Employee training programs are often overlooked, but studies continually show that training programs play a significant role in keeping employees happy, satisfied, and engaged. Talent acquisition and retention are continuing and rather large issues for businesses. Meanwhile, one of the top three non-financial motivators employees want include opportunities for career growth (76%).
If you want to attract and retain the best talent, it’s wise to invest resources into employee training and development.
Implementing an online training program for employees seems like a simple task, but measuring its effectiveness can be challenging. Where will the results be most apparent, and where will they be most effective?
It’s a good idea to determine skills gaps early on. Some may have prior experience or training that will not only allow them to pick up new information and techniques quickly but to help train other employees as well. Perhaps your schedule is sufficiently tight and training a select few team members first and assigning them as mentors to other employees would be the best approach. This tactic can free up the time you need to closely measure the progress made as a result of the training.
Set employee training goals
First, identify successful and specific outcomes from employee training, and set goals to measure progress. Perhaps you want to increase sales, reduce expenses, or attract a new consumer segment. Skills and technology training alongside employee retention and job satisfaction should be measured to determine if the training has an impact.
Take a snapshot of measurable areas prior to identify if any unanticipated changes can be indirectly linked to training. Perhaps employees will find new ways to be innovative, manage workflow, assume leadership roles, or find ways to increase customer engagement.
Stay on track with SMART goals that are also principles of training that are:
It’s equally important is check in at appropriate intervals to determine if the training is having an ideal impact and to make adjustments when necessary. Communicate specific goals to your employees, and establish benchmarks for advancement. What kind of reward will they get for completing the training and using it to improve overall business metrics?
Consider the employee learning environment
Establish a safe learning environment that allows employees to feel comfortable in their surroundings, engage with their peers, ask questions and test their new knowledge. Getting employee buy-in to the program is fundamental, as people who feel overburdened or unenthusiastic about employee training are likely to harm overall morale.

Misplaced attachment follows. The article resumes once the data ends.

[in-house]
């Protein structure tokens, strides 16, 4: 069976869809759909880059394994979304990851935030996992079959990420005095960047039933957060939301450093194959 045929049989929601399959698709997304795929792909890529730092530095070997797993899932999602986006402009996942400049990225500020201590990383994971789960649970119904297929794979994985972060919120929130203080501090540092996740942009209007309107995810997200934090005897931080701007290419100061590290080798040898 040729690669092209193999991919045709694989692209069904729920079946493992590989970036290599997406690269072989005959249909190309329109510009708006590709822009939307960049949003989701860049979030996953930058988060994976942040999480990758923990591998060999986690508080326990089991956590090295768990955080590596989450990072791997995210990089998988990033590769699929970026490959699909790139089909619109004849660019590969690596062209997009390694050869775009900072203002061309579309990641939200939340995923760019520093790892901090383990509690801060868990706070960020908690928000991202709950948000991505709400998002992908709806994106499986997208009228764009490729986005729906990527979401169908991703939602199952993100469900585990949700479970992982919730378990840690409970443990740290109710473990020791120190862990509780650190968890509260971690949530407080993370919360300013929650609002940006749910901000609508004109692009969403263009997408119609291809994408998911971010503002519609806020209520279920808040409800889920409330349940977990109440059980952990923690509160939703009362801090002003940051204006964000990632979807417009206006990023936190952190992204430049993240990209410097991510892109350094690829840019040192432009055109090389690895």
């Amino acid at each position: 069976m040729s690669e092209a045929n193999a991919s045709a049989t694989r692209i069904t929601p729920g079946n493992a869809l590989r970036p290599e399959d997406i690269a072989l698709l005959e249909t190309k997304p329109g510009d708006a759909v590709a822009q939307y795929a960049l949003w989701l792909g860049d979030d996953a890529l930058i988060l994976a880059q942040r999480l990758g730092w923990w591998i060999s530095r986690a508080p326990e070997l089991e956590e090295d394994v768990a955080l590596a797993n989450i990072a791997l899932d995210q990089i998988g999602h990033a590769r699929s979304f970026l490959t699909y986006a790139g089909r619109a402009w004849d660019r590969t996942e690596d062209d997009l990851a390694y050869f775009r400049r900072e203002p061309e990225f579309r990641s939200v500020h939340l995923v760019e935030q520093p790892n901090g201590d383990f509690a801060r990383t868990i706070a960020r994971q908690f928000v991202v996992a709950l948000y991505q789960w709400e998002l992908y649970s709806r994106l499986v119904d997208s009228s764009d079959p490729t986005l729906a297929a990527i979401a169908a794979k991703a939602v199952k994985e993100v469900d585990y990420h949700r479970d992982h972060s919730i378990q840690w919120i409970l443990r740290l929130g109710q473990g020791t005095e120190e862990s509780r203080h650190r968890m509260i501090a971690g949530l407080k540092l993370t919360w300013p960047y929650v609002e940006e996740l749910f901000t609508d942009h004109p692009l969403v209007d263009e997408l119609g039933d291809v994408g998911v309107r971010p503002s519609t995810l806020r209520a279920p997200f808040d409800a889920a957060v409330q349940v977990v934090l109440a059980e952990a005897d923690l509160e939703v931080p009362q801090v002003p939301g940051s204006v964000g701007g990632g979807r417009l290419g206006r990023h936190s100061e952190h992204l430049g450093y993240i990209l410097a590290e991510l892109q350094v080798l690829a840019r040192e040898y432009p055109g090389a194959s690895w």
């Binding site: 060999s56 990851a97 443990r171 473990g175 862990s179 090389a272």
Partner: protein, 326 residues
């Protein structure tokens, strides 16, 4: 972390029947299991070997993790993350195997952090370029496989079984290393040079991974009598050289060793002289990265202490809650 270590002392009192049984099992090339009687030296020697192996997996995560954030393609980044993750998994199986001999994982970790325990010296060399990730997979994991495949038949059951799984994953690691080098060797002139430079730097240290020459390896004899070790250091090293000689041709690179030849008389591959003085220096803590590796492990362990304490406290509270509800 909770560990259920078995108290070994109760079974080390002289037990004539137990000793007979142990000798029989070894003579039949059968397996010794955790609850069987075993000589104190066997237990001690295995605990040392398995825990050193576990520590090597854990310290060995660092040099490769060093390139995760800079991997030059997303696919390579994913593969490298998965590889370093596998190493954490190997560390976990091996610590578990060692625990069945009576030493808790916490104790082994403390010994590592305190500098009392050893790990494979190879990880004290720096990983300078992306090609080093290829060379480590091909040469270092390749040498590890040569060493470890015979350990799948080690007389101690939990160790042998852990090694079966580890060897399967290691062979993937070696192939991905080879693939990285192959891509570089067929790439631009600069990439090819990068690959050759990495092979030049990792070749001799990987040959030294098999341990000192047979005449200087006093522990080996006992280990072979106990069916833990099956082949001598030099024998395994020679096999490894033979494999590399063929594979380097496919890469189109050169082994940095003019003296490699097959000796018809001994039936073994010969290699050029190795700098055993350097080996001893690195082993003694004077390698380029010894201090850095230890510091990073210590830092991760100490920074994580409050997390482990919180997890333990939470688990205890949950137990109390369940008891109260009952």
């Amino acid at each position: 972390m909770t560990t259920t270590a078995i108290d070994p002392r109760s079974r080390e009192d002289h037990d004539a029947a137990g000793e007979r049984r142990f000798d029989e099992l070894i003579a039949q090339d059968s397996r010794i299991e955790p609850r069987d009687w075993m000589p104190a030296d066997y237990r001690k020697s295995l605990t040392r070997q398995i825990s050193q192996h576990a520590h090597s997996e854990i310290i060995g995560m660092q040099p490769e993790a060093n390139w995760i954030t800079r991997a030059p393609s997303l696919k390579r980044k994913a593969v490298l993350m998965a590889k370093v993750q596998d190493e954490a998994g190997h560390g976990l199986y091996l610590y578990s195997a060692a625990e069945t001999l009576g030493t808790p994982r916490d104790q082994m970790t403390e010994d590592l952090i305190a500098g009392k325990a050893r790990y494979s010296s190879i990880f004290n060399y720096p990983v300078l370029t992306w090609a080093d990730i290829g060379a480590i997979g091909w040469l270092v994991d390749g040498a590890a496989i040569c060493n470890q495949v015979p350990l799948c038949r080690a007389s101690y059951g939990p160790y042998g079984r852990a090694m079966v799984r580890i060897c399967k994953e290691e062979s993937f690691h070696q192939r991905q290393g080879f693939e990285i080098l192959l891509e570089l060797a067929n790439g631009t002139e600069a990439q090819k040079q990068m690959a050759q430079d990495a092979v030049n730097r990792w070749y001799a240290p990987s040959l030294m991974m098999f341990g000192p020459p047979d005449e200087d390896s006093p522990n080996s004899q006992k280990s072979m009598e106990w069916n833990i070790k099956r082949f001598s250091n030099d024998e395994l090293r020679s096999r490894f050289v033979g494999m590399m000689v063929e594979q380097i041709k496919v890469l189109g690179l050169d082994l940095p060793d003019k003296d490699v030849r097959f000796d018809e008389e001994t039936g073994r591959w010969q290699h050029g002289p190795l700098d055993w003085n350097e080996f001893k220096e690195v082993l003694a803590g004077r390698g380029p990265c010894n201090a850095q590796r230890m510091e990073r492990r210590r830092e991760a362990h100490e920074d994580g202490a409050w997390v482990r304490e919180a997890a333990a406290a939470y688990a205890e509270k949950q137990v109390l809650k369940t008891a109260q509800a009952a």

People learn in different ways, so role-play may work for some while one-on-one training may help others. A lot of online training is reinforced through a variety of short games – basically, an old-fashioned quiz disguised as entertainment, which not only reminds employees of the principles they have learned but helps determine if the training has been effective. These “micro modules” can underscore lessons and promote continued learning.
Provide access to training modules offsite
Teams may benefit from a different environment to pursue tasks that are tangentially related to their work environment. If they can access learning modules from home, look up an FAQ about a new system when a question bubbles up, or engage in “game-tests” at their leisure, they’re more likely to fully immerse themselves in learning.
Host employee training group discussions
Hosting discussion-based meetings to showcase best practice scenarios, reward early adopters, and share techniques can help keep new knowledge and habits top of mind. Participation in these activities will give managers a good indication of which employee may need additional help or a different option for learning the material.
Ask for employee feedback
Communication about employee training goals and practices should always be a two-way street. Ask employees what parts of the training were most effective, or easiest to understand and implement. Find out if they felt the training impacted the way they work, for better or worse. Did the training atmosphere open up new channels of communication? Did it encourage employees to think differently about their jobs? Beyond the metrics of sales and employee retention and customer experience, did the training impact their sense of security and confidence in their work?
Emily Andrews is the Marketing Communications Specialist at RecordsFinder, an online public records search company. Communications specialist by day and community volunteer at night, she believes in compassion and defending the defenseless.
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